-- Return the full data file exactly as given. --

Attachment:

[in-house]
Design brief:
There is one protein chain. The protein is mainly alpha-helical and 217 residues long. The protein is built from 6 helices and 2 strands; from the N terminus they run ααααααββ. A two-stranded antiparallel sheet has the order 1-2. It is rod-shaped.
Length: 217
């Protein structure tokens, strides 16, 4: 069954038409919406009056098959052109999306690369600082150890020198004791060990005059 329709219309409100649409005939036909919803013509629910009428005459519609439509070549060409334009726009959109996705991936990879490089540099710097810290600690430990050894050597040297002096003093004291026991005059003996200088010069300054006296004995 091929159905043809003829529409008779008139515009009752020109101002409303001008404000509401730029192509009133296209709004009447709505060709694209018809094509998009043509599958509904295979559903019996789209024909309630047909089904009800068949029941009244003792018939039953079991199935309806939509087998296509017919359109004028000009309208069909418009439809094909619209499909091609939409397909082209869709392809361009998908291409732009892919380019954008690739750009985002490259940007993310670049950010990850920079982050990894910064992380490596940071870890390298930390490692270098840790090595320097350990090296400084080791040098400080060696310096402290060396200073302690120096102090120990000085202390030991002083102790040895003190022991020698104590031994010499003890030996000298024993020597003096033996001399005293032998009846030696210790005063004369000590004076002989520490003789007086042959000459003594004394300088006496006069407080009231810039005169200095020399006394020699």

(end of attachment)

[in-house]
Design brief:
There is one protein chain. The protein is mainly alpha-helical and 217 residues long. The protein is built from 6 helices and 2 strands; from the N terminus they run ααααααββ. A two-stranded antiparallel sheet has the order 1-2. It is rod-shaped.
Length: 217
């Protein structure tokens, strides 16, 4: 069954038409919406009056098959052109999306690369600082150890020198004791060990005059 329709219309409100649409005939036909919803013509629910009428005459519609439509070549060409334009726009959109996705991936990879490089540099710097810290600690430990050894050597040297002096003093004291026991005059003996200088010069300054006296004995 091929159905043809003829529409008779008139515009009752020109101002409303001008404000509401730029192509009133296209709004009447709505060709694209018809094509998009043509599958509904295979559903019996789209024909309630047909089904009800068949029941009244003792018939039953079991199935309806939509087998296509017919359109004028000009309208069909418009439809094909619209499909091609939409397909082209869709392809361009998908291409732009892919380019954008690739750009985002490259940007993310670049950010990850920079982050990894910064992380490596940071870890390298930390490692270098840790090595320097350990090296400084080791040098400080060696310096402290060396200073302690120096102090120990000085202390030991002083102790040895003190022991020698104590031994010499003890030996000298024993020597003096033996001399005293032998009846030696210790005063004369000590004076002989520490003789007086042959000459003594004394300088006496006069407080009231810039005169200095020399006394020699």